Smith ponders Reed shoulder during Cup

Australian golfer Cameron Smith is happy with his Presidents Cup debut despite sharing the points.
Australian golfer Cameron Smith is happy with his Presidents Cup debut despite sharing the points.

Cameron Smith doesn't understand why he had been shouldered by controversial US golfer Patrick Reed but prefers to talk about his bittersweet Presidents Cup debut.

Smith and Reed's bad blood bubbled over on the opening day after the Texan walked off the fifth green and targeted the Australian, clashing shoulders.

Smith, who was watching after being left out of day one's play, said he wasn't sure why.

"Yeah, I'm not really sure what it was about, to be honest," Smith said.

"I mean, I haven't said anything wrong.

"I just don't want to really talk about it anymore," he said.

"I think it's all said and done - let's just get on with our job and try and play the Presidents Cup."

Their friendship turned sour last week after Smith described Reed's actions in a bunker at a tournament as cheating and his justification as "bulls**t".

Smith did his best to make it about the golf on Friday, combining with young Korean Sungjae Im to tie with US duo Gary Woodland and Rickie Fowler.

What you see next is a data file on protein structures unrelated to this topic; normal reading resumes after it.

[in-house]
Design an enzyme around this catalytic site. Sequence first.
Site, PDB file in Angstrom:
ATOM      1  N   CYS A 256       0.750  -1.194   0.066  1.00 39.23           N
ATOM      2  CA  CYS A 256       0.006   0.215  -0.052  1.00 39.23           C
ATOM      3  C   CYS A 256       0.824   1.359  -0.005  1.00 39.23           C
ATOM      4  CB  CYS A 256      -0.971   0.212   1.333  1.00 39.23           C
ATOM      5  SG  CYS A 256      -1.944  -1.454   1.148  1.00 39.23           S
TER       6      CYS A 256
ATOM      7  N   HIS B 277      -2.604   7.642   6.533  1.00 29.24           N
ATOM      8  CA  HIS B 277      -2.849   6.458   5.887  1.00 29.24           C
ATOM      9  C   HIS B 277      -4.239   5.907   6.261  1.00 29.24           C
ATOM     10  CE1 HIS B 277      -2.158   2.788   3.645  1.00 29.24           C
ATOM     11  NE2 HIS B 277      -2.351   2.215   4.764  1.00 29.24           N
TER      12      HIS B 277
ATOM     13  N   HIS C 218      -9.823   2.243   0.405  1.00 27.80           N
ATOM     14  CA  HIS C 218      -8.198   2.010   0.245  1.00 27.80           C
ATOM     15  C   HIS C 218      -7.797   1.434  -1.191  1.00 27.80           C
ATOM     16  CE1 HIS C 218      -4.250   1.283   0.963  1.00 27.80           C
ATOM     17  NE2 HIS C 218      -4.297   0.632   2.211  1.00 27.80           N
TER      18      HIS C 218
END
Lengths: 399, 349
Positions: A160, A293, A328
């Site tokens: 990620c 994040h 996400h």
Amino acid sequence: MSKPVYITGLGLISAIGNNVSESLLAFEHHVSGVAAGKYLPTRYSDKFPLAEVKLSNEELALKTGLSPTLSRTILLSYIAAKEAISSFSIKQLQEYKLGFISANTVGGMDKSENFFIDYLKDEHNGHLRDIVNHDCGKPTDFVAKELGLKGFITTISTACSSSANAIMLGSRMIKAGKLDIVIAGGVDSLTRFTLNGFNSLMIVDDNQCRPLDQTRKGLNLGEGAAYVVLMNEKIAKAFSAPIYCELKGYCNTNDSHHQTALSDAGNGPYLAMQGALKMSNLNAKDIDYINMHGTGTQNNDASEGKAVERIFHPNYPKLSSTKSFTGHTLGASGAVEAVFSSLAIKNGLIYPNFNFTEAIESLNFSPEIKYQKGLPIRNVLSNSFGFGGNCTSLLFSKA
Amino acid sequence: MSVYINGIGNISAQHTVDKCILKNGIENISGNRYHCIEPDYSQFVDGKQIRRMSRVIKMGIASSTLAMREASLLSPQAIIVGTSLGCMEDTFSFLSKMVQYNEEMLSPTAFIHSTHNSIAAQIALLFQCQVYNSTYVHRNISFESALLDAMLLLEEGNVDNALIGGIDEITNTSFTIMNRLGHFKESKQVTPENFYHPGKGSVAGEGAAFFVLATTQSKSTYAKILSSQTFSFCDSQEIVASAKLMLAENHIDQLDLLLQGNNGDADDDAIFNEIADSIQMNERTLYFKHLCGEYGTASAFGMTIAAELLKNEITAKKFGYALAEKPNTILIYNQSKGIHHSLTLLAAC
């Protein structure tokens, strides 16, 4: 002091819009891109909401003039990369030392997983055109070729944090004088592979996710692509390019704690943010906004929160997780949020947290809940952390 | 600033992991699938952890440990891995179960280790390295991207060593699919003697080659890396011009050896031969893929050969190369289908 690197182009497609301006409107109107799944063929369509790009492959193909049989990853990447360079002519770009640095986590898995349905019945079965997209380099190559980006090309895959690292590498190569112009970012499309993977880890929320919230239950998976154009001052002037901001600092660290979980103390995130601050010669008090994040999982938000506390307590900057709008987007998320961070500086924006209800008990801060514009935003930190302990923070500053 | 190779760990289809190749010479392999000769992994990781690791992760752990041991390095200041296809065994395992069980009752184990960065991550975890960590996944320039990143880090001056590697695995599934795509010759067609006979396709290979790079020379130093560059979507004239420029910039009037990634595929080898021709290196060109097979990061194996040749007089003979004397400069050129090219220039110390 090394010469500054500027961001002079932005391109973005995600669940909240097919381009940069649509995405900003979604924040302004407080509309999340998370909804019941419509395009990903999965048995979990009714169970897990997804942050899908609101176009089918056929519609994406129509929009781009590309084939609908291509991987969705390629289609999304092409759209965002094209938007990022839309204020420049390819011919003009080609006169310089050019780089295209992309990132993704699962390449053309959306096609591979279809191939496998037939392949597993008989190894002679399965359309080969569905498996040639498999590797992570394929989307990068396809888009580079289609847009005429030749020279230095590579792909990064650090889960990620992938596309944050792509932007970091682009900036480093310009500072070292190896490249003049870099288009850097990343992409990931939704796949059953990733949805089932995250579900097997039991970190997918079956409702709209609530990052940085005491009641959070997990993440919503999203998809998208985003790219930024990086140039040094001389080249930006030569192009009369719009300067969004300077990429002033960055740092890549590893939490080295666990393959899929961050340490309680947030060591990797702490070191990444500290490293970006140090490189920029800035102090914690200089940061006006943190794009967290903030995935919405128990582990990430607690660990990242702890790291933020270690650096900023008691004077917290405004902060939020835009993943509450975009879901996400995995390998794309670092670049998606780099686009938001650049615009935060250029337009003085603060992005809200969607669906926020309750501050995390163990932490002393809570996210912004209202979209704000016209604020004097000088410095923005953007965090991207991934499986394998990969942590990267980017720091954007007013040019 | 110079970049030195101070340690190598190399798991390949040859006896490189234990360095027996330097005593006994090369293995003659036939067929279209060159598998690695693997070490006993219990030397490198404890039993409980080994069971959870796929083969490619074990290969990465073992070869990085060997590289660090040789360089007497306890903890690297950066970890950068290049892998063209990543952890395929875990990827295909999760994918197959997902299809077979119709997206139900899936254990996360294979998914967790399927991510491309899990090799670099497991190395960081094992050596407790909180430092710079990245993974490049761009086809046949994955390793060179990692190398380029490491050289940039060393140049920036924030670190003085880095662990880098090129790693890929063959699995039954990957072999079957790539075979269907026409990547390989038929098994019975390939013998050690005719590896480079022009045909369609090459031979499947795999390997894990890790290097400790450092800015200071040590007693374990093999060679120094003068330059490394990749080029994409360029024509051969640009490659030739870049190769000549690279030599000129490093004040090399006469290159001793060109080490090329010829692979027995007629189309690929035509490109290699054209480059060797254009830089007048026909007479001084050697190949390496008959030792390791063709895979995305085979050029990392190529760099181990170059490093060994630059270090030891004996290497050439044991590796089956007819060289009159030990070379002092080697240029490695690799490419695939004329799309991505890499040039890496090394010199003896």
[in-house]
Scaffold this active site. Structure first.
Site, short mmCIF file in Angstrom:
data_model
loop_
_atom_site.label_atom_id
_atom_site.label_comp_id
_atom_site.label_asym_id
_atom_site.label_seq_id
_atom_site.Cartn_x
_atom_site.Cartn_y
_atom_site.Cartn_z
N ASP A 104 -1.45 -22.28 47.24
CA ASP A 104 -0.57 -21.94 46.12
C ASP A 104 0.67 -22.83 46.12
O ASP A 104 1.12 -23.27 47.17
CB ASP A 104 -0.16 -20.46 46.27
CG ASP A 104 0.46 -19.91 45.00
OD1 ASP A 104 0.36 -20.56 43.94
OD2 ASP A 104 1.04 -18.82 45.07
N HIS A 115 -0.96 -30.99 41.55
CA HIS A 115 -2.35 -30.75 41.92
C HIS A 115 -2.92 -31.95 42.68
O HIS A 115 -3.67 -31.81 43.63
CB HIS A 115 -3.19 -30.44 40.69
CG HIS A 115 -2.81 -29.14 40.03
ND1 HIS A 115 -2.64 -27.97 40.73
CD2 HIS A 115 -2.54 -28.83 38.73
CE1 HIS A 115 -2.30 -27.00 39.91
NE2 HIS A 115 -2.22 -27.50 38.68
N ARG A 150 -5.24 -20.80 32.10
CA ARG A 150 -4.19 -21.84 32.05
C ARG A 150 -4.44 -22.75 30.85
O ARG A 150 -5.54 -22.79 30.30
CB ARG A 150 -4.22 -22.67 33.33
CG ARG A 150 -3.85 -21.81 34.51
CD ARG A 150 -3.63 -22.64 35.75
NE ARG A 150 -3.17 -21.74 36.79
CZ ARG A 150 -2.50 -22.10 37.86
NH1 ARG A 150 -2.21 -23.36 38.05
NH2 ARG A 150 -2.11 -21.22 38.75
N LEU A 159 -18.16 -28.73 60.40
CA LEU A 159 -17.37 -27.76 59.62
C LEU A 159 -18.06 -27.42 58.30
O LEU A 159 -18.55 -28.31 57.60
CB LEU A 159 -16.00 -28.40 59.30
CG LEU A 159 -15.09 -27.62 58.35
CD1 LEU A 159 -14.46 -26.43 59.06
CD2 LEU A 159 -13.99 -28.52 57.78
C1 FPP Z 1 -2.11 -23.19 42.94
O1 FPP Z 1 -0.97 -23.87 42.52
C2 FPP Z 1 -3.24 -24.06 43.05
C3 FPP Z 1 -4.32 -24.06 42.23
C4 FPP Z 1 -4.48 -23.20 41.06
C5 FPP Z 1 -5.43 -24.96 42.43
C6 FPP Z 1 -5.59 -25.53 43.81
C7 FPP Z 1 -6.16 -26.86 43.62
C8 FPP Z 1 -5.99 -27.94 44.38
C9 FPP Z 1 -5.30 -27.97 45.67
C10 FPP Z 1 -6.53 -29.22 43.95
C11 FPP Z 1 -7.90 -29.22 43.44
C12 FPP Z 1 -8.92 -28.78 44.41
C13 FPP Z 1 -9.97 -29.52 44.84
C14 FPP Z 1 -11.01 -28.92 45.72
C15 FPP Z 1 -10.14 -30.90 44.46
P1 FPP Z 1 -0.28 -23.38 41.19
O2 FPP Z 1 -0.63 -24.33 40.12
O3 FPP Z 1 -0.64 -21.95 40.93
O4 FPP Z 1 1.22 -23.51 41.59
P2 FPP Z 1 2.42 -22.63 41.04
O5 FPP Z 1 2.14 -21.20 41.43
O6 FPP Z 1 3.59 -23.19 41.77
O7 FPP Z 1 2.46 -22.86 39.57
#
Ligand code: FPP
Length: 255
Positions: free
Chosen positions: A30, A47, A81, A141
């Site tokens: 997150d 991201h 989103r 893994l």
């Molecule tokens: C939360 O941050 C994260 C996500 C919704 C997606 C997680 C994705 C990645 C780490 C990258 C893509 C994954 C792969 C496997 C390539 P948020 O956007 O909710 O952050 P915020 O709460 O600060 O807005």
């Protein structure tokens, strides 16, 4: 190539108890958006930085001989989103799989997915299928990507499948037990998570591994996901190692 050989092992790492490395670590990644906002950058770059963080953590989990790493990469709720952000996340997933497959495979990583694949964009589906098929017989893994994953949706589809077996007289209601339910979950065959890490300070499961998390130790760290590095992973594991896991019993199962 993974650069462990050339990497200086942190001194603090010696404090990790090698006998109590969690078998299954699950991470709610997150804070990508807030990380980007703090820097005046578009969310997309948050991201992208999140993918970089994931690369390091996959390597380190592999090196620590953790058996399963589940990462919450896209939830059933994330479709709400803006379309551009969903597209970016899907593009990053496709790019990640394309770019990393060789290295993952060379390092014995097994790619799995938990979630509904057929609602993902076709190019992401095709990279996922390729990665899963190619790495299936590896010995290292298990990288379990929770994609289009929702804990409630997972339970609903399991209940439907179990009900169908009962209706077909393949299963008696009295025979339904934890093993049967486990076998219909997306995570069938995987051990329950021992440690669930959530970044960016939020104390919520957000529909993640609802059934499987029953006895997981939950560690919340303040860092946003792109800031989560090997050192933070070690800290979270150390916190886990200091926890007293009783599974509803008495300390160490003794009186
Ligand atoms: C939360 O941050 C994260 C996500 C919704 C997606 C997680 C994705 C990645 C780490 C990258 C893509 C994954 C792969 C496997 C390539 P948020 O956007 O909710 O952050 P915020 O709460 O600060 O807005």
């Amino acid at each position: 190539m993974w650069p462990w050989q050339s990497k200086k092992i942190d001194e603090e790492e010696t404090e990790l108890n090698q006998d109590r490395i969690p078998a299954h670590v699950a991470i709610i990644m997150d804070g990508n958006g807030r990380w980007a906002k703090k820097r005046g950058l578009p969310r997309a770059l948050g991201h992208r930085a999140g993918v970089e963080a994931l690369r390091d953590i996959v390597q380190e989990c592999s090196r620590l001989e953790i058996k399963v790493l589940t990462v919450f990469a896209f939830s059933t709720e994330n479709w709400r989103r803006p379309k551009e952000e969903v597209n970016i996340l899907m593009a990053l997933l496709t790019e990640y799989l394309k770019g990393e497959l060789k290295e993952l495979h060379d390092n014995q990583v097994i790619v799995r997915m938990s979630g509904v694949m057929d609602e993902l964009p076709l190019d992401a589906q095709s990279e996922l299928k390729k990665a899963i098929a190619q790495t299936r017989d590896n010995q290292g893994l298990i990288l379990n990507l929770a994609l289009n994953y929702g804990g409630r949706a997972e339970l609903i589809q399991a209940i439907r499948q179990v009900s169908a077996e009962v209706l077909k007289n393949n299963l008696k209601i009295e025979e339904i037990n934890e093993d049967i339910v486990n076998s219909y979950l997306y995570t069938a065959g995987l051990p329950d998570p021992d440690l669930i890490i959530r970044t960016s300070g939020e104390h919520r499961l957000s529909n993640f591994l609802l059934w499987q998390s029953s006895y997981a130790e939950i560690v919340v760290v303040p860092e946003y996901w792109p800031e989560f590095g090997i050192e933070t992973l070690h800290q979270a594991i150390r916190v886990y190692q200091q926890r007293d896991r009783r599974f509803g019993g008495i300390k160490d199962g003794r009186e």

The world No.58 said he was "amped" after being made to wait an extra day to play, and that was evident in his start.

With the format requiring alternate shots, Smith iced the first two holes.

Smith chipped in to birdie the par-4 first and repeated the impressive feat on the par-5 second, rolling in an eight-metre putt from off the green for his team to go two up.

That lead alternated between one and two until the the 17th when the Americans levelled with a birdie and Im's match-winner on the last just missed the mark.

Smith said he was pleased with his debut.

"We played really well all day and we stuck to our guns," the 26-year-old said.

"Rickie and Gary played really good golf the last four or five holes to get it back to square, and we almost got them there on the last.

"I think it was a good day."

Reed's misery continued with his second loss, with he and Webb Simpson falling short against Marc Leishman and Abraham Ancer.

The 2018 Masters champion came in for plenty of taunts from the bulging galleries at Royal Melbourne.

Reed gave as good as he got when he sank a birdie putt on the 11th and put his hand to his ear as if to ask the crowd where his cheers were before motioning shovelling.

Australian Associated Press